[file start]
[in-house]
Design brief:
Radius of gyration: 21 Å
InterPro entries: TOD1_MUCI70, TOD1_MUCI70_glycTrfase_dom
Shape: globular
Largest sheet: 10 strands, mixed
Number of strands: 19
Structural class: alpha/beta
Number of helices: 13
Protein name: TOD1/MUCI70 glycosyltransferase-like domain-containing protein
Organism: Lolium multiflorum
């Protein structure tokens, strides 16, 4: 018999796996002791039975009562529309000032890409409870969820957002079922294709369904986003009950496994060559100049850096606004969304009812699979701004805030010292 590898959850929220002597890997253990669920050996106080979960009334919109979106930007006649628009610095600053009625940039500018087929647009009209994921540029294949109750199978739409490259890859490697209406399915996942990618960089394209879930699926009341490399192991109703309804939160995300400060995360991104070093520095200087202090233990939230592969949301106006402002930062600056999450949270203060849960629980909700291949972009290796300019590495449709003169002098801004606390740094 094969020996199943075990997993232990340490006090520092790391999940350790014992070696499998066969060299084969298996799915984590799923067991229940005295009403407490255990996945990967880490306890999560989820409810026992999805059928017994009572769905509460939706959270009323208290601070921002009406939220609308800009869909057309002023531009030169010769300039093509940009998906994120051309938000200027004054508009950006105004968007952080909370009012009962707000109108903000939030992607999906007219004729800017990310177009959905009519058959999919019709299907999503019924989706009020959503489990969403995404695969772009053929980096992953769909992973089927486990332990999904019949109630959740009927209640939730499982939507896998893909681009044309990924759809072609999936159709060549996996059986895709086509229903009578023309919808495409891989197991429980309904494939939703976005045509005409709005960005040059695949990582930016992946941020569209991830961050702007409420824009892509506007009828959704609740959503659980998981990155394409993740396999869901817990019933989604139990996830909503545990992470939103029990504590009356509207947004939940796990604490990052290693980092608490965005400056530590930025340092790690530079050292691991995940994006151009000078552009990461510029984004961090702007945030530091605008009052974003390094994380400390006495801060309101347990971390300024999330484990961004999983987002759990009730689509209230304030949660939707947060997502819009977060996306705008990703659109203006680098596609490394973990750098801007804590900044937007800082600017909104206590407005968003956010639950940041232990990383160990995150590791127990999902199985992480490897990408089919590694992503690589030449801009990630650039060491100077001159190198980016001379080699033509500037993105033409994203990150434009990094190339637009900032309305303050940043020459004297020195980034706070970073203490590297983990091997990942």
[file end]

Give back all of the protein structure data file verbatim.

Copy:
[in-house]
Design brief:
Radius of gyration: 21 Å
InterPro entries: TOD1_MUCI70, TOD1_MUCI70_glycTrfase_dom
Shape: globular
Largest sheet: 10 strands, mixed
Number of strands: 19
Structural class: alpha/beta
Number of helices: 13
Protein name: TOD1/MUCI70 glycosyltransferase-like domain-containing protein
Organism: Lolium multiflorum
């Protein structure tokens, strides 16, 4: 018999796996002791039975009562529309000032890409409870969820957002079922294709369904986003009950496994060559100049850096606004969304009812699979701004805030010292 590898959850929220002597890997253990669920050996106080979960009334919109979106930007006649628009610095600053009625940039500018087929647009009209994921540029294949109750199978739409490259890859490697209406399915996942990618960089394209879930699926009341490399192991109703309804939160995300400060995360991104070093520095200087202090233990939230592969949301106006402002930062600056999450949270203060849960629980909700291949972009290796300019590495449709003169002098801004606390740094 094969020996199943075990997993232990340490006090520092790391999940350790014992070696499998066969060299084969298996799915984590799923067991229940005295009403407490255990996945990967880490306890999560989820409810026992999805059928017994009572769905509460939706959270009323208290601070921002009406939220609308800009869909057309002023531009030169010769300039093509940009998906994120051309938000200027004054508009950006105004968007952080909370009012009962707000109108903000939030992607999906007219004729800017990310177009959905009519058959999919019709299907999503019924989706009020959503489990969403995404695969772009053929980096992953769909992973089927486990332990999904019949109630959740009927209640939730499982939507896998893909681009044309990924759809072609999936159709060549996996059986895709086509229903009578023309919808495409891989197991429980309904494939939703976005045509005409709005960005040059695949990582930016992946941020569209991830961050702007409420824009892509506007009828959704609740959503659980998981990155394409993740396999869901817990019933989604139990996830909503545990992470939103029990504590009356509207947004939940796990604490990052290693980092608490965005400056530590930025340092790690530079050292691991995940994006151009000078552009990461510029984004961090702007945030530091605008009052974003390094994380400390006495801060309101347990971390300024999330484990961004999983987002759990009730689509209230304030949660939707947060997502819009977060996306705008990703659109203006680098596609490394973990750098801007804590900044937007800082600017909104206590407005968003956010639950940041232990990383160990995150590791127990999902199985992480490897990408089919590694992503690589030449801009990630650039060491100077001159190198980016001379080699033509500037993105033409994203990150434009990094190339637009900032309305303050940043020459004297020195980034706070970073203490590297983990091997990942």